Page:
So here's David F. Brooks to supply the tl;dr on that ("The Rise of the Resentniks") by way of applying it to the Americans and, presumably, soak up some of that pity I can't help feeling for the Sikorski-Applebaums of the world:
Those of us who came of age in conservative circles know exactly what Applebaum is talking about. The same kinds of rifts have opened up among conservatives around the world, in Britain, Italy, Germany and the U.S.
Some conservatives stayed on the political trajectory they were on in 1999. Others embraced populist nativism. They wandered into territory that is xenophobic, anti-Semitic, authoritarian. Still others were driven leftward by the reactionary revival.Those "driven leftward" being presumably the MSNBC apostates, Jennifer Rubin and Max Boot and so on.
Brooks blames Communism for the resulting problem, apparently for falling to pieces too early, before the conservatives were intellectually ready to seize the means of production and distribute them to the philosophers, and the academic liberals who somehow managed to block them from assuming their natural position of cultural dominance and forced them into shadows in which they failed to mature, like so many Belgian endives grown out of the sunlight:
During the Cold War, being a conservative was a moral cause. You were fighting Communist tyranny — aligned with Aleksandr Solzhenitsyn and Lech Walesa. But you were somewhat marginalized in your own society. Liberals controlled the universities, the news media, the cultural high ground, so the right attracted many people with outsider personalities.
Then with the election of Reagan and Thatcher and in the years afterward, conservatives built their own counter-establishment — think tanks, publications, broadcasting outlets. As conservatism professionalized, it despiritualized. After the Soviet Union collapsed, conservatism no longer had a great moral cause to rally around. It became a technocratic, economics-focused movement concerned with small government and entitlement reform.Outsider personalities like the ultimate outsider artist David F. Brooks, the Grandma Moses of political writing.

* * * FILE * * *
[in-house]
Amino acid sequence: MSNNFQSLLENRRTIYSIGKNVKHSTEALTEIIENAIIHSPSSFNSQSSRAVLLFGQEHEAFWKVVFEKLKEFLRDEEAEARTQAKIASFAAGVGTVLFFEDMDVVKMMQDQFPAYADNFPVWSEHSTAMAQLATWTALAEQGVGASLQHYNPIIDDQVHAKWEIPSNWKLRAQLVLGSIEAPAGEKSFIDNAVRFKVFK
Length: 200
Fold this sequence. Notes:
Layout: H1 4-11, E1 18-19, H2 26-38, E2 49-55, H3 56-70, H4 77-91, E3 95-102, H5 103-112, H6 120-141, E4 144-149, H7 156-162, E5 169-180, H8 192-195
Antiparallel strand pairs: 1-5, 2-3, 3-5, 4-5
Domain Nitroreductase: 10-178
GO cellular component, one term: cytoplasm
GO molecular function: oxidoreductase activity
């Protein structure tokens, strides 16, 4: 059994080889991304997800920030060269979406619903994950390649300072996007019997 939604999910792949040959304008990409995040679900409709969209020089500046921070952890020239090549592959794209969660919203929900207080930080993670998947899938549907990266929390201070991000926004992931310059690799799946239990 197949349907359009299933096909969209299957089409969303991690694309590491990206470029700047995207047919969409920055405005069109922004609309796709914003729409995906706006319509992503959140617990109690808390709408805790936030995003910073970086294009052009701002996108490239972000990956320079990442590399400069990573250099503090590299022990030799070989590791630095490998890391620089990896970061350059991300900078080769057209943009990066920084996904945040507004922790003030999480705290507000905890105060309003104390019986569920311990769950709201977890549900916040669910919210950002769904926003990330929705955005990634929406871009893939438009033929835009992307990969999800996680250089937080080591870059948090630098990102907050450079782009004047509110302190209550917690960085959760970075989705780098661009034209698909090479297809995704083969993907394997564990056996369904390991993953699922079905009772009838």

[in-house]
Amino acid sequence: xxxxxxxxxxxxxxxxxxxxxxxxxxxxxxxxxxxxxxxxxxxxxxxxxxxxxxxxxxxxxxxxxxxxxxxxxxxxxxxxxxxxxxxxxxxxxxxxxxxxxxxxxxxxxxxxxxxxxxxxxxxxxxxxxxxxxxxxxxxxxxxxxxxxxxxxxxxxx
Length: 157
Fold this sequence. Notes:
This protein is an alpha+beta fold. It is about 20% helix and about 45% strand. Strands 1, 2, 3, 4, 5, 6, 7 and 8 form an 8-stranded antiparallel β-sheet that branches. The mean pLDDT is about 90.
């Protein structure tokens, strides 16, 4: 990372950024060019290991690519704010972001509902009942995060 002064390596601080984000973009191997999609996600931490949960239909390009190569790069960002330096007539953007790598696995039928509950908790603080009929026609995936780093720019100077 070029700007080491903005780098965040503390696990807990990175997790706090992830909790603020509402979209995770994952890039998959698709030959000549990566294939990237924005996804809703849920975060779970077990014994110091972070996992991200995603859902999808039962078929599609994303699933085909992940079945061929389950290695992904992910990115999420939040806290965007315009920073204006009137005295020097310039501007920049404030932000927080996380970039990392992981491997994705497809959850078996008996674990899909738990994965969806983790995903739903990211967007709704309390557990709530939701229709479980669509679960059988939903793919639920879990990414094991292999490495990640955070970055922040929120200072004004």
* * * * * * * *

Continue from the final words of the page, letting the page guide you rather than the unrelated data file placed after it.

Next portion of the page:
Or hipster enthusiasts like David F. Brooks who were into Mises and Schumpeter before they went mainstream. Applebaum's pathos (she can't hang out with a woman who was the godmother of one of her children) turns into Brooksian bathos (he's not as famous as he could have reasonably expected to be). But more important is to remember, with Dorothy, that if your heart's desire isn't in your own back yard, then your foster-parents didn't kill it and bury it there that time you thought they did, and by the same token if your deepest-held goal is anti-Communism, then you might be better off being for something or other.
The punchline is that a Brooks confronted with the situation suddenly finds himself in favor of the "meritocracy" he's been bitching about for the last three or four years:
The losers in the meritocratic competition, the permanent outsiders, seize on ethnic nationalism to give themselves a sense of belonging, to explain their failures, to rally the masses and to upend the meritocracy.
In office, what the populist nationalists do is this: They replace the idea of excellence with the idea of “patriotism.” Loyalty to the tribe is more important than professional competence. In fact, a person’s very lack of creativity and talent becomes proof of his continued reliability to the cause, as we’ve seen in the continued fealty to King Trump.Brooksy's nostalgic for "excellence" now. He continues to wish for a "moral purpose" but he really wishes there were a voice for basic competence as well. I don't know if it will ever occur to him that this is the moral purpose of liberalism as we commonly understand it—musically speaking, the project of enhancing everybody's voice—but it's not likely.